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The following sketches I found dispersed through a variety of local publications and the productions of the daily press. Of the latter, “The Spirit of the Times," a New York paper, devoted to sporting and humour, and sustained with singular ability, as well as at a vast expense, furnished many of the best articles. Of the former, though well known in the United States, but one or two have ever found their way to England, as they generally contained others of a less interesting or inferior character. I have, however, found the field, even restricted as it is to “the Byeways, Backwoods, and Prairies," more extensive than it at first appeared to be. There are classes and scenes of diversified interest yet untouched, the sketches of which I regret that I have not been able to compress within the prescribed limits of this work.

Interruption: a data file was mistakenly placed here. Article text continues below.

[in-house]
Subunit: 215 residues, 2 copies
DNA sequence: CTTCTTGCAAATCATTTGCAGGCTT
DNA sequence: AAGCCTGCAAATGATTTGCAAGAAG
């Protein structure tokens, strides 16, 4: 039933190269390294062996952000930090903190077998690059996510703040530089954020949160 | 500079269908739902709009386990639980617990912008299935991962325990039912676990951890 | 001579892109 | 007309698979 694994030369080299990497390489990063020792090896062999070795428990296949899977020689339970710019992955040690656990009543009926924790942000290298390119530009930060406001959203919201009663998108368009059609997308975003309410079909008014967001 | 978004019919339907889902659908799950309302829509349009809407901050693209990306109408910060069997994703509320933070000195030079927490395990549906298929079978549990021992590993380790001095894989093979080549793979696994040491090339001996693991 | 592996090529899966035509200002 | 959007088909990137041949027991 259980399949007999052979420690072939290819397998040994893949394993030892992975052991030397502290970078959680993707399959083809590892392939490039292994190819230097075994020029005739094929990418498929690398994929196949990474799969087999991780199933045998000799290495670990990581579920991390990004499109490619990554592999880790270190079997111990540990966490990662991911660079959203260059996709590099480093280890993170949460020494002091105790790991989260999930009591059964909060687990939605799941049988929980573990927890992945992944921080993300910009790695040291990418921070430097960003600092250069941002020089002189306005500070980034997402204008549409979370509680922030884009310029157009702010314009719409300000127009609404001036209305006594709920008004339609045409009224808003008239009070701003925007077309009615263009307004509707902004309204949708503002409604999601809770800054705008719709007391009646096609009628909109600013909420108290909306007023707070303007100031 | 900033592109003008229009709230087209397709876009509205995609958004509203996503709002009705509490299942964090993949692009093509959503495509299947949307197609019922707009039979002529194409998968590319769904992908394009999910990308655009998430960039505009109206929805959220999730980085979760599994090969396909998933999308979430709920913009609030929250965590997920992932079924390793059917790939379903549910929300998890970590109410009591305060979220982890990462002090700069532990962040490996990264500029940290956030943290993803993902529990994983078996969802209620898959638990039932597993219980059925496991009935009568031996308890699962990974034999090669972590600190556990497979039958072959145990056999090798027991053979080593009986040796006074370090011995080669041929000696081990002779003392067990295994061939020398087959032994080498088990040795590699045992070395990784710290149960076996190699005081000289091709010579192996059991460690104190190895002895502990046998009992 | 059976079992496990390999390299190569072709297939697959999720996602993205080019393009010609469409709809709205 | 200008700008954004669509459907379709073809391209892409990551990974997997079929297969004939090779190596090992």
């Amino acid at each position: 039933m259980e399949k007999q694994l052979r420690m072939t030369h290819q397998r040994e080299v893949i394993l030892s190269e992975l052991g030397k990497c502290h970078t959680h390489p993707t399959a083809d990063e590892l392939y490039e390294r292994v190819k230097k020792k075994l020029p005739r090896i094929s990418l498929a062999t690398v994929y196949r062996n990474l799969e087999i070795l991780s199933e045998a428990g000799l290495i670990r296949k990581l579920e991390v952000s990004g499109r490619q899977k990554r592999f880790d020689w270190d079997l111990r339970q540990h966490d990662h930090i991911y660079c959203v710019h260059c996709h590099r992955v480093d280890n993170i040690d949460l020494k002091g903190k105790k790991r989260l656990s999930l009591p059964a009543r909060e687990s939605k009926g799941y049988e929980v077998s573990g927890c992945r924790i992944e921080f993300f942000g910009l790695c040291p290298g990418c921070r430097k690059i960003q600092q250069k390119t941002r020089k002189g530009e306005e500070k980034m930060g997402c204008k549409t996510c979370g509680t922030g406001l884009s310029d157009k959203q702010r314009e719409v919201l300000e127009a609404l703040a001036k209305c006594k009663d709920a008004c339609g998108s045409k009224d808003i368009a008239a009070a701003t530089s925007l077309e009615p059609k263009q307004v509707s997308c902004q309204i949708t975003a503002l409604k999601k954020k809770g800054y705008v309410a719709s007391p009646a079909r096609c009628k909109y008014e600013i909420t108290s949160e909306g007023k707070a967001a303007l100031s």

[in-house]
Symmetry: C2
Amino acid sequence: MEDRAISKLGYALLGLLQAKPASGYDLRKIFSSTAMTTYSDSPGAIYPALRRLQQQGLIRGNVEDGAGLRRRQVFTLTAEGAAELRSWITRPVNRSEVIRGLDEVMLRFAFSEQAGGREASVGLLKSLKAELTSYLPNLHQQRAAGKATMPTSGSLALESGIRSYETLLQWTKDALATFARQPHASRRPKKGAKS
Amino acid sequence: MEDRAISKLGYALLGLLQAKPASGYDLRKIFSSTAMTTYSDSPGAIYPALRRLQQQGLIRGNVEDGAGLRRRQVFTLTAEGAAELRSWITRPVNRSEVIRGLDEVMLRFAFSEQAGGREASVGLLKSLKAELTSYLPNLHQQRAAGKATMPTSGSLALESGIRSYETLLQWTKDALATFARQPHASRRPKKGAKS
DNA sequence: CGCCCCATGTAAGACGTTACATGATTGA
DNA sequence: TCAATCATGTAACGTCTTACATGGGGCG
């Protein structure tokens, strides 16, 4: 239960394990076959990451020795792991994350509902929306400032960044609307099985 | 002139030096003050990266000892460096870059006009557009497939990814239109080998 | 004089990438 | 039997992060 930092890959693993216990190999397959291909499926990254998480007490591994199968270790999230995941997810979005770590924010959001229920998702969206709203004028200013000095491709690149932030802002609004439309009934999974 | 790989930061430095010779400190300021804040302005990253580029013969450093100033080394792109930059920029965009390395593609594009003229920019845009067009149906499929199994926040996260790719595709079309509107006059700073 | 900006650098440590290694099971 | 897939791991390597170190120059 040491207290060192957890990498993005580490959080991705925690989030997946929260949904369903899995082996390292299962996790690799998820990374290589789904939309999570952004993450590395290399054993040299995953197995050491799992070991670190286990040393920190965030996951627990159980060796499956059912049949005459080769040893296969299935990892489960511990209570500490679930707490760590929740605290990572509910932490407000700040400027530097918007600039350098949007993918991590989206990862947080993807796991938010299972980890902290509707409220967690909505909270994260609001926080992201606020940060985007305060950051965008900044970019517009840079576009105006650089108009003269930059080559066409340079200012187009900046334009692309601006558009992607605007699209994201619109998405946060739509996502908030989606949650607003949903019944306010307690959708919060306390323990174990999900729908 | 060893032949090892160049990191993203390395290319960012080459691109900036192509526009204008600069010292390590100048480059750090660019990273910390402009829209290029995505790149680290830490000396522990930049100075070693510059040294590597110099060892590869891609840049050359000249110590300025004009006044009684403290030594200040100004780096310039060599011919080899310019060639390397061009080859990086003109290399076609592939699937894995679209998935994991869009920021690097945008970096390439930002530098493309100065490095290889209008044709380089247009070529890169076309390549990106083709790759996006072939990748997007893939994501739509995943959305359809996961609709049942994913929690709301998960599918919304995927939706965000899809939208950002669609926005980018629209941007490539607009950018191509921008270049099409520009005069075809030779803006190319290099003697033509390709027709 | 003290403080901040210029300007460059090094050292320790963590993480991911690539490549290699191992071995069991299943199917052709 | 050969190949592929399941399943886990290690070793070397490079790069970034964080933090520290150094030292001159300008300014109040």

THE

AMERICANS AT HOME.

I.

THE PRE-EMPTION RIGHT;

OR, DICK KELSY'S RIGHT TO HIS LAND CLAIM.

DICK KELSY was one of the earliest settlers in the Upper Missouri country, and a more open-hearted or careless son of Kentucky never squatted in the “Far West.” He had wandered from his parent state more for a change of location than any desire to improve his condition, and if a spot offered easy hunting facilities, it mattered not what contingencies were added, Dick “sot himself down thar." Tall, raw-boned, good-natured and fearless, he betrayed no ambition to excel, except in his rifle, and the settlers generally conceded that his “shooting-iron” was particularly certain ! A spot upon one of the tributaries of the Missouri won Dick's heart at first sight-it bordered upon a beautiful

VOL I.

B

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